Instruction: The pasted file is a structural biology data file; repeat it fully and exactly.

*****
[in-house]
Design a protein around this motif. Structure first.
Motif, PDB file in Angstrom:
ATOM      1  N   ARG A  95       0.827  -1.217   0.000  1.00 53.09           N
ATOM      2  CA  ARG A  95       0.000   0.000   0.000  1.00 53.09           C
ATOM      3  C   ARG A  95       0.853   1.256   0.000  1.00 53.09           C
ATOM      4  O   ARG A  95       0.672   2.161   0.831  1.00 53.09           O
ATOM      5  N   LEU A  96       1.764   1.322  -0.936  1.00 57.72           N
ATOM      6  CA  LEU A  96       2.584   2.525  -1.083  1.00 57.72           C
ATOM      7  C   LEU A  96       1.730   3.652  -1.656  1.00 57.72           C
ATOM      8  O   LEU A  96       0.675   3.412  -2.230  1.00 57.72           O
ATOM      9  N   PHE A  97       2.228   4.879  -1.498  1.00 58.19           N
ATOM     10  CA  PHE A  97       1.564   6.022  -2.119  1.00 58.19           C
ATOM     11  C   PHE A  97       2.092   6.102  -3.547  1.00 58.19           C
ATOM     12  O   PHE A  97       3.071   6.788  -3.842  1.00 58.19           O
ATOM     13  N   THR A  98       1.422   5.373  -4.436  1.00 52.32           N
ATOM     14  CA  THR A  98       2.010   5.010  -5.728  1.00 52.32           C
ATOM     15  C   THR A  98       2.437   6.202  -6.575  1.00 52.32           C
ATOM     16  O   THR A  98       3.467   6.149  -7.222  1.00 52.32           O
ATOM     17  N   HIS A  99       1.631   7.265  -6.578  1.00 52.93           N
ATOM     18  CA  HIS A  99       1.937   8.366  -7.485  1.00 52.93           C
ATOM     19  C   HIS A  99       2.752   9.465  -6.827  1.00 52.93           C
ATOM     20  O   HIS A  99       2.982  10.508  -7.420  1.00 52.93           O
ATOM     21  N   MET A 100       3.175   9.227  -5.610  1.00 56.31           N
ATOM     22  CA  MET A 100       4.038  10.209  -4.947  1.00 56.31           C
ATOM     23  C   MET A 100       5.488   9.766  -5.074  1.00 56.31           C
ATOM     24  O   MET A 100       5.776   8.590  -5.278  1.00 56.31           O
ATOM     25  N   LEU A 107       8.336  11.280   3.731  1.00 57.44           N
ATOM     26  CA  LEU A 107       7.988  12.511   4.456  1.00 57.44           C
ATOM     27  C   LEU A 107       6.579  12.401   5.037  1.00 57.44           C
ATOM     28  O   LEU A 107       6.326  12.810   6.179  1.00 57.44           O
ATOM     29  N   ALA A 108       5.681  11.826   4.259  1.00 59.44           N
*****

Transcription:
[in-house]
Design a protein around this motif. Structure first.
Motif, PDB file in Angstrom:
ATOM      1  N   ARG A  95       0.827  -1.217   0.000  1.00 53.09           N
ATOM      2  CA  ARG A  95       0.000   0.000   0.000  1.00 53.09           C
ATOM      3  C   ARG A  95       0.853   1.256   0.000  1.00 53.09           C
ATOM      4  O   ARG A  95       0.672   2.161   0.831  1.00 53.09           O
ATOM      5  N   LEU A  96       1.764   1.322  -0.936  1.00 57.72           N
ATOM      6  CA  LEU A  96       2.584   2.525  -1.083  1.00 57.72           C
ATOM      7  C   LEU A  96       1.730   3.652  -1.656  1.00 57.72           C
ATOM      8  O   LEU A  96       0.675   3.412  -2.230  1.00 57.72           O
ATOM      9  N   PHE A  97       2.228   4.879  -1.498  1.00 58.19           N
ATOM     10  CA  PHE A  97       1.564   6.022  -2.119  1.00 58.19           C
ATOM     11  C   PHE A  97       2.092   6.102  -3.547  1.00 58.19           C
ATOM     12  O   PHE A  97       3.071   6.788  -3.842  1.00 58.19           O
ATOM     13  N   THR A  98       1.422   5.373  -4.436  1.00 52.32           N
ATOM     14  CA  THR A  98       2.010   5.010  -5.728  1.00 52.32           C
ATOM     15  C   THR A  98       2.437   6.202  -6.575  1.00 52.32           C
ATOM     16  O   THR A  98       3.467   6.149  -7.222  1.00 52.32           O
ATOM     17  N   HIS A  99       1.631   7.265  -6.578  1.00 52.93           N
ATOM     18  CA  HIS A  99       1.937   8.366  -7.485  1.00 52.93           C
ATOM     19  C   HIS A  99       2.752   9.465  -6.827  1.00 52.93           C
ATOM     20  O   HIS A  99       2.982  10.508  -7.420  1.00 52.93           O
ATOM     21  N   MET A 100       3.175   9.227  -5.610  1.00 56.31           N
ATOM     22  CA  MET A 100       4.038  10.209  -4.947  1.00 56.31           C
ATOM     23  C   MET A 100       5.488   9.766  -5.074  1.00 56.31           C
ATOM     24  O   MET A 100       5.776   8.590  -5.278  1.00 56.31           O
ATOM     25  N   LEU A 107       8.336  11.280   3.731  1.00 57.44           N
ATOM     26  CA  LEU A 107       7.988  12.511   4.456  1.00 57.44           C
ATOM     27  C   LEU A 107       6.579  12.401   5.037  1.00 57.44           C
ATOM     28  O   LEU A 107       6.326  12.810   6.179  1.00 57.44           O
ATOM     29  N   ALA A 108       5.681  11.826   4.259  1.00 59.44           N